The Tudor Society

Tudor Cooking with Claire – Strawberry Tart

I'm posting this week's video a day early as I'm away tomorrow - enjoy!

I love strawberries so when I saw this Tudor/Stuart strawberry tart recipe I just had to give it a go. It is delicious, easy to make and takes very little preparation and time.

Shortcrust Pastry

170g (6oz) plain flour
Pinch of salt
85g (3oz) butter
Around 3 tbsp water

Strawberry Tart

20cm pastry case (bought or homemade)
450g (1lb fresh strawberries, hulled
1/8 tsp groung ginger
1/8 tsp ground cinnamon
6 tbsp red wine
2 tbsp sugar

Shortcrust pastry recipe based on one from

Strawberry Tart recipe from Cooking and Dining in Tudor & Early Stuart England by Peter Brears - Brears bases his on a recipe from The Accomplisht Cook (1660) by Robert May. May's book can be read online at Project Gutenberg - click here and his recipe for strawberry tart is as follows:

"Wash the strawberries, and put them into the Tart, season them with cinamon, ginger, and a little red wine, then put on sugar, bake it half an hour, ice it, scrape on sugar, and serve it."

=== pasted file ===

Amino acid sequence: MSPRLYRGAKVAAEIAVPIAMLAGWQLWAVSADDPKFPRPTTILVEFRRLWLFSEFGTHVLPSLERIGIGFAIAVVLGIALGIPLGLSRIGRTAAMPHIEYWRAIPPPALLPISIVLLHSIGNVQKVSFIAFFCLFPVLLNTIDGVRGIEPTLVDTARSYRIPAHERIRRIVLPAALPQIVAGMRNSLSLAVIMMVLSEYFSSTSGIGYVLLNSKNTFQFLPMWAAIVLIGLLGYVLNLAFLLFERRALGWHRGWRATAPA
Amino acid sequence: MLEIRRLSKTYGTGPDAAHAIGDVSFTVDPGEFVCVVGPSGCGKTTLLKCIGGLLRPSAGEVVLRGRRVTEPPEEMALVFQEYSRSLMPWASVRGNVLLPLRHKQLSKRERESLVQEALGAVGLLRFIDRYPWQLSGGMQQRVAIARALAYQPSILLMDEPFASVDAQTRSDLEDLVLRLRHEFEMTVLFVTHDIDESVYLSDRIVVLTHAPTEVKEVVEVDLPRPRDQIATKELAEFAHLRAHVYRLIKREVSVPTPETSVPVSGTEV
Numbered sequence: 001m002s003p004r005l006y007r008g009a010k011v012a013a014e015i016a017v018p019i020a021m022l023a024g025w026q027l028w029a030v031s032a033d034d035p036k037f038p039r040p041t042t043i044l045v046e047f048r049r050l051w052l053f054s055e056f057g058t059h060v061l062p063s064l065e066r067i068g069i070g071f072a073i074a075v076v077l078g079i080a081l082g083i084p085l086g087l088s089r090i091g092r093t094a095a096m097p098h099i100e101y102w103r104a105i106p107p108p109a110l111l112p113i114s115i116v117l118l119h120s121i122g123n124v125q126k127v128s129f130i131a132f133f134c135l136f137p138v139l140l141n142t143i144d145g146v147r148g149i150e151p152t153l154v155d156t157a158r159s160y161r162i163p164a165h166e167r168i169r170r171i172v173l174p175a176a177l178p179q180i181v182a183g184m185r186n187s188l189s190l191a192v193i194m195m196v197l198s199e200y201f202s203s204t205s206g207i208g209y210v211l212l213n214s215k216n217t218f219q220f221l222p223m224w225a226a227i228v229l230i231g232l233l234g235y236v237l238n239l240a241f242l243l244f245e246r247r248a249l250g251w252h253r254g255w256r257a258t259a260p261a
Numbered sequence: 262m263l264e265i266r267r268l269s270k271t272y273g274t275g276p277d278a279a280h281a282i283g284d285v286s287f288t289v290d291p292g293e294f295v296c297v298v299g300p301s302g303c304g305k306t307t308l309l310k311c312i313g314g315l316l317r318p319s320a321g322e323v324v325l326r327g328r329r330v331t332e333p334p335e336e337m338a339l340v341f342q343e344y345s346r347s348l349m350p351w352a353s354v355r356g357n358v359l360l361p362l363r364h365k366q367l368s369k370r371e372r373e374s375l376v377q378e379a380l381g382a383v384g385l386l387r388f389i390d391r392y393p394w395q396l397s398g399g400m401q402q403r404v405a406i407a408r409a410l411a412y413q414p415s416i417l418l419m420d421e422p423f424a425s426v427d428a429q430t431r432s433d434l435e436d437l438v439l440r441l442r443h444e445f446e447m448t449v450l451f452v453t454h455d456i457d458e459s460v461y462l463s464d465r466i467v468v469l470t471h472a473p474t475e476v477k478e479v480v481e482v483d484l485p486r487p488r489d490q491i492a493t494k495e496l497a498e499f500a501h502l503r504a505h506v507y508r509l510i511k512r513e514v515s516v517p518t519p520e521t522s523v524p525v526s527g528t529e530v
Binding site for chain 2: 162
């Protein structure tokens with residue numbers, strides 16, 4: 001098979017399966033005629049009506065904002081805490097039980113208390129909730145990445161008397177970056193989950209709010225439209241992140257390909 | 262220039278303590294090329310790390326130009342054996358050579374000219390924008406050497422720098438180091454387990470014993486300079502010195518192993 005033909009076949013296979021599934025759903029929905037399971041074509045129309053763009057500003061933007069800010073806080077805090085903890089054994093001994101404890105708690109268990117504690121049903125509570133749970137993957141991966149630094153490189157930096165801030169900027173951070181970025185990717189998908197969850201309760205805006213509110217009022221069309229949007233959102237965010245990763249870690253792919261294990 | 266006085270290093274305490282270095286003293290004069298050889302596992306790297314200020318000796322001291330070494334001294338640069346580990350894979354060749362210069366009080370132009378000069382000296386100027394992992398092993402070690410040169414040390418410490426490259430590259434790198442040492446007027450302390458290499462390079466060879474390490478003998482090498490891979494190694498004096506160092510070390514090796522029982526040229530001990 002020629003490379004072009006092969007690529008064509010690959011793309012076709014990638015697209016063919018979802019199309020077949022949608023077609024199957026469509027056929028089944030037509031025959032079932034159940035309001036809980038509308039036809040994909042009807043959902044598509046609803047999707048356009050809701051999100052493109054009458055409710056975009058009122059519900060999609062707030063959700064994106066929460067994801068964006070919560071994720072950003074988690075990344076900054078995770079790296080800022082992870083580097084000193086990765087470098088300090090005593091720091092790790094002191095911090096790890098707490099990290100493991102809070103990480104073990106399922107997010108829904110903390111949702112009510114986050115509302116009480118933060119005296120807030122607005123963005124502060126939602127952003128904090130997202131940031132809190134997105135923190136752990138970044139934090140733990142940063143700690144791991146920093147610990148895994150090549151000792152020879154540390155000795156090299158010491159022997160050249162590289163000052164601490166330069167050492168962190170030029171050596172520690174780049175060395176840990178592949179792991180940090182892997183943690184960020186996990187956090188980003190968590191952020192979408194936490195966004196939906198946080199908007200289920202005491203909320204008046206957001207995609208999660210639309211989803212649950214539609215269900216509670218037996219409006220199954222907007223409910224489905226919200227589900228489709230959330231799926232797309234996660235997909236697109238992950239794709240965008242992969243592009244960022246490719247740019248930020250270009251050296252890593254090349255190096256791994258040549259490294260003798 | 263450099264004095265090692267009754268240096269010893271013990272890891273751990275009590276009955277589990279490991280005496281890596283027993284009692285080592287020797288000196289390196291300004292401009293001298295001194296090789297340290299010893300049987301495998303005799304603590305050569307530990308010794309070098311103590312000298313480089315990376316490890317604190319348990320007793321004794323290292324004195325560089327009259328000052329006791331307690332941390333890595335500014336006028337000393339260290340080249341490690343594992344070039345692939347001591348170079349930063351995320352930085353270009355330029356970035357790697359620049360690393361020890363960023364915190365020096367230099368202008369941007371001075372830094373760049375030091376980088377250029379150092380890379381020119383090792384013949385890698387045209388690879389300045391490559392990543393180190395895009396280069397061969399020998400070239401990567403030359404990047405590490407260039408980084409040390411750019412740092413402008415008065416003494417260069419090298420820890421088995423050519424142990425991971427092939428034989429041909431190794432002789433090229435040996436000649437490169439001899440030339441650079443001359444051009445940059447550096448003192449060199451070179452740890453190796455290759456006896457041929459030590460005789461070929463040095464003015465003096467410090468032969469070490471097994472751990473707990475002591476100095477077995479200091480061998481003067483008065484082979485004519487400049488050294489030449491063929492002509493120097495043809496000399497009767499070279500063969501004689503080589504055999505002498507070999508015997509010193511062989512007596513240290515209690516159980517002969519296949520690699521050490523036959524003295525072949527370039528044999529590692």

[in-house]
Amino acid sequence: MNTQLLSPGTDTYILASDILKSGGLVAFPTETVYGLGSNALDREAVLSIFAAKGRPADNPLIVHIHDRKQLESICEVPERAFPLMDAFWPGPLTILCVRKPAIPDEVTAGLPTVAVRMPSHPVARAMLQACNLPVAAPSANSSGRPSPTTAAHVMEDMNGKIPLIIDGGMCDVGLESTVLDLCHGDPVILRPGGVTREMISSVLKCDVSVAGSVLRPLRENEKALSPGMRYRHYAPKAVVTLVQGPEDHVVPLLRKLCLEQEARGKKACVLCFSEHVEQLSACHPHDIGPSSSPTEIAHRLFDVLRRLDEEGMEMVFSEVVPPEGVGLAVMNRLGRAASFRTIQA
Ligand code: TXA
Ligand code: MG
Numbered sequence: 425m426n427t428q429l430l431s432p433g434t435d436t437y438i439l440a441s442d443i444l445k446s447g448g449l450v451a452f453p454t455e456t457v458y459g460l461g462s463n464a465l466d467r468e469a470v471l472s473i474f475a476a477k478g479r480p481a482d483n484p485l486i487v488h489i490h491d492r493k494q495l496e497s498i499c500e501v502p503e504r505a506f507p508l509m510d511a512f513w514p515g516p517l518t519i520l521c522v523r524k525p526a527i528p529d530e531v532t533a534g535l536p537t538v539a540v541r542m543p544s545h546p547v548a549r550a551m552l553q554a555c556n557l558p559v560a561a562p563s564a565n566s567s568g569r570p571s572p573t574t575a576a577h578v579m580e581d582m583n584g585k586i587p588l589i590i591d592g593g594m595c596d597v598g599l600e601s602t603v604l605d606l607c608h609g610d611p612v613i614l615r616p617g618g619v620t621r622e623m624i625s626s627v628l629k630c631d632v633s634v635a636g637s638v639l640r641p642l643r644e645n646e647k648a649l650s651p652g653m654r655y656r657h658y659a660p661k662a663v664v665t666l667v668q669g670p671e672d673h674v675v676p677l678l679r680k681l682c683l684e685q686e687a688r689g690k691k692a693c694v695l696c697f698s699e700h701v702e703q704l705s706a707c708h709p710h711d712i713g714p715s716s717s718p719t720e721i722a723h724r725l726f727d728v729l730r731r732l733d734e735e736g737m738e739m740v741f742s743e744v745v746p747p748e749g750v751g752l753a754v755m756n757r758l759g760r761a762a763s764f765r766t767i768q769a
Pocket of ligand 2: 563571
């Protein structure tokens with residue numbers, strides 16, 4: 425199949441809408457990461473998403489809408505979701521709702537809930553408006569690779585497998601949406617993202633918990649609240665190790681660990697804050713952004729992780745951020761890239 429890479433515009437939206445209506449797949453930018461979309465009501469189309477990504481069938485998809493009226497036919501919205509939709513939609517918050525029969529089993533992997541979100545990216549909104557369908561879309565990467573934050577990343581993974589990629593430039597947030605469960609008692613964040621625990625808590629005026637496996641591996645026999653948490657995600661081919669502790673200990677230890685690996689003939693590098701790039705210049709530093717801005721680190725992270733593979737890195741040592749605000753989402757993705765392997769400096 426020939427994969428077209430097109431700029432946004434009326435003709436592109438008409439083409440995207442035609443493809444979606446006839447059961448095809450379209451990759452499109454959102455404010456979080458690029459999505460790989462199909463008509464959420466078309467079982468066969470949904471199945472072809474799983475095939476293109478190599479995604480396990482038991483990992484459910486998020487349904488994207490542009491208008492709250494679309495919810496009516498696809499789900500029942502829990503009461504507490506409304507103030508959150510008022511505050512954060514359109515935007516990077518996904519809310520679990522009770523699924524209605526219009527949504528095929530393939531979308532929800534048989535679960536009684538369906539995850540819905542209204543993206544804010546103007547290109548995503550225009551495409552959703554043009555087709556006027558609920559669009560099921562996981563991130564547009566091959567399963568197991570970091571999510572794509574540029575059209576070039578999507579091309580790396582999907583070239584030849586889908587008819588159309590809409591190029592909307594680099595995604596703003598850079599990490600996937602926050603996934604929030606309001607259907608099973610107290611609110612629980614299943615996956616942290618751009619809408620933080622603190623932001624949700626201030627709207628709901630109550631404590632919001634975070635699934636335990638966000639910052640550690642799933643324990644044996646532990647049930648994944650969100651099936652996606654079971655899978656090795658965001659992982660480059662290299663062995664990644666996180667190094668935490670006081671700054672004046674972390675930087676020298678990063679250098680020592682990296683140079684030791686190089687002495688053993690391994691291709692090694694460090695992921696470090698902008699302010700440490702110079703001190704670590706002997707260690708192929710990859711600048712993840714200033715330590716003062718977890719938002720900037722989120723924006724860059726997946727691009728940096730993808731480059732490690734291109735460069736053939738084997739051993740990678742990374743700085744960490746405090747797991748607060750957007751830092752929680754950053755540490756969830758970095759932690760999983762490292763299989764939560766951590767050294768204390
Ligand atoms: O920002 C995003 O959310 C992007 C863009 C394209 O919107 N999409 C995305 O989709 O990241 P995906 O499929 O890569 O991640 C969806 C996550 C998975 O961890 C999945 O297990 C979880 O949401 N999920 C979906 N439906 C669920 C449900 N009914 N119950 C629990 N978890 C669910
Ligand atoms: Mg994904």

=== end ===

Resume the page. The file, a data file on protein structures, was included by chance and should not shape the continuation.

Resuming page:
There are 3 comments Go To Comment

  1. J

    Does ice it mean refrigerate and scrape on sugar mean sprinkle? I love strawberries and raspberries too.

    1. A

      Hi Jean, in England, icing a cake means sprinkling sugar on top, or actually making an “icing sugar” from sugar and water or a royal icing from egg whites and icing sugar. I suppose it is called icing as it looks like a covering of ice or snow.

      We have the phrase “it’s the icing on the cake”, which means something extra special which makes an experience or item unbelievably good (eg. an upgrade on a flight, or a free champagne when you go out for a meal). Do you have anything similar?

      There are so many language and cultural differences! Hope that clears things up.

  2. C

    This sounds really good! I am going to try it.

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Tudor Cooking with Claire – Strawberry Tart